Judge Doug Crosby wasn’t able to justify his recent scorecards, but wants everyone to give him the benefit of the doubt.
Crosby was criticized for turning in back-to-back controversial scorecards for the Bellator 289 show on Friday, December 9, then UFC 282 on Saturday, December 10. There was also criticism of how he was allowed to travel from Mohegan Sun, from Connecticut to Las Vegas in the span of 24 hours, and have to judge another fight.
Crosby failed to comment on several occasions, saying it was “up to the discretion of the administrators”, but questioned where the criticism was coming from.
“You have to ask yourself, before you accept it as valid criticism, I would qualify the source of that criticism and say whether it is a working class person who is criticizing or is it a Is it a rich person who is criticizing?” Crosby told Chael Sonnen on the “You’re Welcome” podcast.
He continued, “You have to assign a numerical value to what you just saw and on average you get about 15 seconds to turn that score in and if you count about five of those seconds for the time it took to write it.” seconds, this gives you about 10 seconds to decide who won a round and who lost a round.
Crosby scored the Bellator 289 bantamweight title fight between Raufon Stotts and Danny Sabatello 50–45 in favor of Sabatello, while the other two judges scored it 48–47 in favor of Stotts.
His other disputed scorecard was for Paddy Pimblett’s UFC co-main event against Jared Gordon, where Crosby scored it 29–28 for Pimblett – many including Gordon strongly disagreed with the scorecard. However this time, two other judges agreed with Crosby and awarded the fight to Pimbalett.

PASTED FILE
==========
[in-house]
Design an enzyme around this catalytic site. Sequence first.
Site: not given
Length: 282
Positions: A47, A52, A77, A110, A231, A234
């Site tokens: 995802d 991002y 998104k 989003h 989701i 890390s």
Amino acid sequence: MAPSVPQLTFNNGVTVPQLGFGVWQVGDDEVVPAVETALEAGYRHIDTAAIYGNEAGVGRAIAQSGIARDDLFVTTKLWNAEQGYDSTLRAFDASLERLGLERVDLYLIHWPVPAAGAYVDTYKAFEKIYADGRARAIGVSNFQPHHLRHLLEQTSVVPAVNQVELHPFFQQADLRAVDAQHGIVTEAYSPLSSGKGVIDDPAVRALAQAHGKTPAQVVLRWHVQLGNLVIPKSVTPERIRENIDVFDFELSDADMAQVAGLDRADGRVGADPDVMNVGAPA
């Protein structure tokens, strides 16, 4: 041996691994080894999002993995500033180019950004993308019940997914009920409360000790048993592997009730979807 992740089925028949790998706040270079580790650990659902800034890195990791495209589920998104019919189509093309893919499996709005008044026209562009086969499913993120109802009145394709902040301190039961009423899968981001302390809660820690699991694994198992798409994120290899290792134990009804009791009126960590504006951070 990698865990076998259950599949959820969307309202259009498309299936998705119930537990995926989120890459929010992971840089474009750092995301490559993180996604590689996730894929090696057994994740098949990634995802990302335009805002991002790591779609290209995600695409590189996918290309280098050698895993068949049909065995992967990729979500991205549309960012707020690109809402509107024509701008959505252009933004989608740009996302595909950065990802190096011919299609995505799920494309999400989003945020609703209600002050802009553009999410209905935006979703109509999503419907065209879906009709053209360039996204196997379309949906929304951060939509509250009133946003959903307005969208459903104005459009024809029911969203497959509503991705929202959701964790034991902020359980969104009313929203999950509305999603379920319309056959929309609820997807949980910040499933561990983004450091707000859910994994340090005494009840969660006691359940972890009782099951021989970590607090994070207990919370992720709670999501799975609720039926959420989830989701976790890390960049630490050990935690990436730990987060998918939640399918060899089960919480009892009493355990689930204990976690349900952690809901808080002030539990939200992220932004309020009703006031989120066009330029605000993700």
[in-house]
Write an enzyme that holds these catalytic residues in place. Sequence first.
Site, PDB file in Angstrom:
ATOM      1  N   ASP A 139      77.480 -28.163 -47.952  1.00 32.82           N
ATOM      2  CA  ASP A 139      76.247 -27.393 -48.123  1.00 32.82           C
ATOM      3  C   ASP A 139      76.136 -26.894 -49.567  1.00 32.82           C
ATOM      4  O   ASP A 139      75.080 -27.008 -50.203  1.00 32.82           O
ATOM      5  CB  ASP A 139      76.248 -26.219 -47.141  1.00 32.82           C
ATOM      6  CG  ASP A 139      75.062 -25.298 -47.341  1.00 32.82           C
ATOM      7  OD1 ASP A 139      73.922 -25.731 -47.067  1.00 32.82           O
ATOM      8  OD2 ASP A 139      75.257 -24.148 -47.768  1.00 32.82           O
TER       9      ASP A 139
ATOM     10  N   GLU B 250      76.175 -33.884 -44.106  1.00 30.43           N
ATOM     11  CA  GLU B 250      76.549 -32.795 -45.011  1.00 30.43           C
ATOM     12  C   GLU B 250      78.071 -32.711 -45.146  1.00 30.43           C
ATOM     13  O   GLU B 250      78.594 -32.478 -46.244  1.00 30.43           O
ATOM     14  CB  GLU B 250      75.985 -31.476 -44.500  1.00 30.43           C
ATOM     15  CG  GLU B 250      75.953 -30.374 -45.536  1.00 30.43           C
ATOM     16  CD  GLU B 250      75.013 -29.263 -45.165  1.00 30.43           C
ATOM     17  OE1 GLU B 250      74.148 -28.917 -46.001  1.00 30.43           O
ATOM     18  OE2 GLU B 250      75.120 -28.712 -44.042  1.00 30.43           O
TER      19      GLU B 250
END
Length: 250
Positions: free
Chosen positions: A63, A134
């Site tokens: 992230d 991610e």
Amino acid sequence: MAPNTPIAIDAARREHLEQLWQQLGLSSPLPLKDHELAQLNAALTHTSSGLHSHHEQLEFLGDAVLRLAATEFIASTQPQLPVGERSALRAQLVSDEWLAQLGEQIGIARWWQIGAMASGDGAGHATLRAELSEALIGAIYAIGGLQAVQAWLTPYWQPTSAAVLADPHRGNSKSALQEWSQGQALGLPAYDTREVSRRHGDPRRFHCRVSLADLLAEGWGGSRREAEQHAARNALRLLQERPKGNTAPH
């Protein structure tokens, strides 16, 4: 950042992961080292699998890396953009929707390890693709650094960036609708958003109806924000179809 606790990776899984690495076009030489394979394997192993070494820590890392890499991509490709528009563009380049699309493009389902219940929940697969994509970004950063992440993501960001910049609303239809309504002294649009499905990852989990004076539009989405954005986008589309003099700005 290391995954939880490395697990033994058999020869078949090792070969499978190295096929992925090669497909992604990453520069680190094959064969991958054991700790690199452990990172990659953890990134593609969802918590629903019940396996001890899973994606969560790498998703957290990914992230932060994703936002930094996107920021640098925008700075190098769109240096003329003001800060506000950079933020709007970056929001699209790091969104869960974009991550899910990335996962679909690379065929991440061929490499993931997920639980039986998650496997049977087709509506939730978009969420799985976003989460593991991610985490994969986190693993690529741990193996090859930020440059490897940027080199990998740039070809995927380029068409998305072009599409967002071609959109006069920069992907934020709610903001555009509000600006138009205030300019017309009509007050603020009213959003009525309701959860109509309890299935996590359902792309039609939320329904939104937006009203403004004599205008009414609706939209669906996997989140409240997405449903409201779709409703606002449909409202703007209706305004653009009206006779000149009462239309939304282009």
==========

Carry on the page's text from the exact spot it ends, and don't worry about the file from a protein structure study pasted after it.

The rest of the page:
Crosby didn’t justify those specific scorecards, but did give a little insight into what he saw overall.
“Over the last 15 years, when you talk to fighters, the pervasive comment – and I wouldn’t call it a complaint, I would call it a comment or a concern, is that effective grappling is not given enough importance in the scoring criteria and recently Recently, the scoring criteria have been revised and updated so that effective striking and effective grappling are considered equal,” Crosby said. “And if effective grappling is considered equal to effective striking, and then you can count on any of my scores. Through that newly grounded mental lens, it may be easier to understand the score.
“But it has to do with reading and understanding the criteria and I don’t know who does that and who doesn’t. I know when I talk to fighters they are highly intelligent and articulate and courageous and I I respect them all, for better or worse, and that’s what drives me, what’s best for fighters isn’t what’s best for coaches or the media.. for fighters and any fighter knows that they You can discuss anything with me privately any time.